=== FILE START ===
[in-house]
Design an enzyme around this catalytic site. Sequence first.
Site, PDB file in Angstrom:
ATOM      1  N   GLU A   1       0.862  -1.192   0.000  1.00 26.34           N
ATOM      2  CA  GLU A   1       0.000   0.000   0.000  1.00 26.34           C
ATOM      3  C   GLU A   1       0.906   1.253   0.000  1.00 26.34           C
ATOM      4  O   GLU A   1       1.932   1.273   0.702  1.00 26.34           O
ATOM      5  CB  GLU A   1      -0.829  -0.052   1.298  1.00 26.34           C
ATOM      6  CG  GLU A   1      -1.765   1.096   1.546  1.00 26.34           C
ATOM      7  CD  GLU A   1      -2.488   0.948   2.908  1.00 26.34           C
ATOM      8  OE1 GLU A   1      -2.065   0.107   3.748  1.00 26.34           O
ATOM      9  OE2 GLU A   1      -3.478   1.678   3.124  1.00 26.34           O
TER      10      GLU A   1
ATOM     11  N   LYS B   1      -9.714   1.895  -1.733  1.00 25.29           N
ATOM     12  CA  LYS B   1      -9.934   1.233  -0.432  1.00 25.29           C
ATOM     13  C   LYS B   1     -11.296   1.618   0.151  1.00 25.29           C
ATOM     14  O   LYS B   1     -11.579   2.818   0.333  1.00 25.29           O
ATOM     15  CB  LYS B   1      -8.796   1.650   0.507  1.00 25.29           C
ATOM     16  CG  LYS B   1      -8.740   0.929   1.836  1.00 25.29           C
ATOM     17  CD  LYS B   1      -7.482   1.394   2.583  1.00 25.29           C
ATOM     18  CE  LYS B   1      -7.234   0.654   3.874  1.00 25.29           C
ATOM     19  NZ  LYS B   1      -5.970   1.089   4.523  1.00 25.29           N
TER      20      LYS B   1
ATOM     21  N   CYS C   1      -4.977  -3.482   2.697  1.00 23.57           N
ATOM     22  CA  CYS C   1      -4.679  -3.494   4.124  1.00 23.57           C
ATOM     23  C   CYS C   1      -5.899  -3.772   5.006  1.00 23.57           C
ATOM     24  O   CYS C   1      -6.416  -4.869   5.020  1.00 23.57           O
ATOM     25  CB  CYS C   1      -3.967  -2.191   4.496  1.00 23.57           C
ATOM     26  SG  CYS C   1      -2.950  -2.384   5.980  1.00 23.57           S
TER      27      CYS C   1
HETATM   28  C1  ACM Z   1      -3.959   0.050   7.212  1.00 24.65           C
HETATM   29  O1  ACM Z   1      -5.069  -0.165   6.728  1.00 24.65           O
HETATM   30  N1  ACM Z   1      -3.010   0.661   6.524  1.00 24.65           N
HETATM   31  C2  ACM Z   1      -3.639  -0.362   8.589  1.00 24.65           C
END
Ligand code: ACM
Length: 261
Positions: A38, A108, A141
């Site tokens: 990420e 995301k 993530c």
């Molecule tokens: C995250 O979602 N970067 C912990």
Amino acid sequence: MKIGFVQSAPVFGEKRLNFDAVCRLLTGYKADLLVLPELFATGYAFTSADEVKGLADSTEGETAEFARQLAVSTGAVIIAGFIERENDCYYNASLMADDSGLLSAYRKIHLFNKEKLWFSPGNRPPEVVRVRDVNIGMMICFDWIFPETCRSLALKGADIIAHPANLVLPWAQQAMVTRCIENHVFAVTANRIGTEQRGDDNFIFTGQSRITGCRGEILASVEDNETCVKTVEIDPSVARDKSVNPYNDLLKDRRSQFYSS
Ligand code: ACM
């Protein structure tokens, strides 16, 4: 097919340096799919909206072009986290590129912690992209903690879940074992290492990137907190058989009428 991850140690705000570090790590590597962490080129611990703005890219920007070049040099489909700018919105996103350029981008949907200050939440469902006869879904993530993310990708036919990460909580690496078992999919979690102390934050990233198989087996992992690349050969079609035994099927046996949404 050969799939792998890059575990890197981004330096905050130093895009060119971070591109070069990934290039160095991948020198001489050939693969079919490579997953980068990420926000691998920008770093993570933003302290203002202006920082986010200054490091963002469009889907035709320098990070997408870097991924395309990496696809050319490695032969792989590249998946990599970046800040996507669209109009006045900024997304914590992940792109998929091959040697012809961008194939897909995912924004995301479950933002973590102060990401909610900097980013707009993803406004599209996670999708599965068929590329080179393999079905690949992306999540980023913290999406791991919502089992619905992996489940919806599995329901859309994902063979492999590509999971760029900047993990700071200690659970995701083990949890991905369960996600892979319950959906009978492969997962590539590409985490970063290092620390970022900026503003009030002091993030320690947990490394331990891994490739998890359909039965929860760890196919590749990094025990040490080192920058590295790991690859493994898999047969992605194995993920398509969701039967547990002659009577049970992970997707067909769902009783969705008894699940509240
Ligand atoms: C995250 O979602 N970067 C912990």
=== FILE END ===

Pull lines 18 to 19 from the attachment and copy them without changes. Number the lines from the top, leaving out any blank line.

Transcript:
ATOM     15  CB  LYS B   1      -8.796   1.650   0.507  1.00 25.29           C
ATOM     16  CG  LYS B   1      -8.740   0.929   1.836  1.00 25.29           C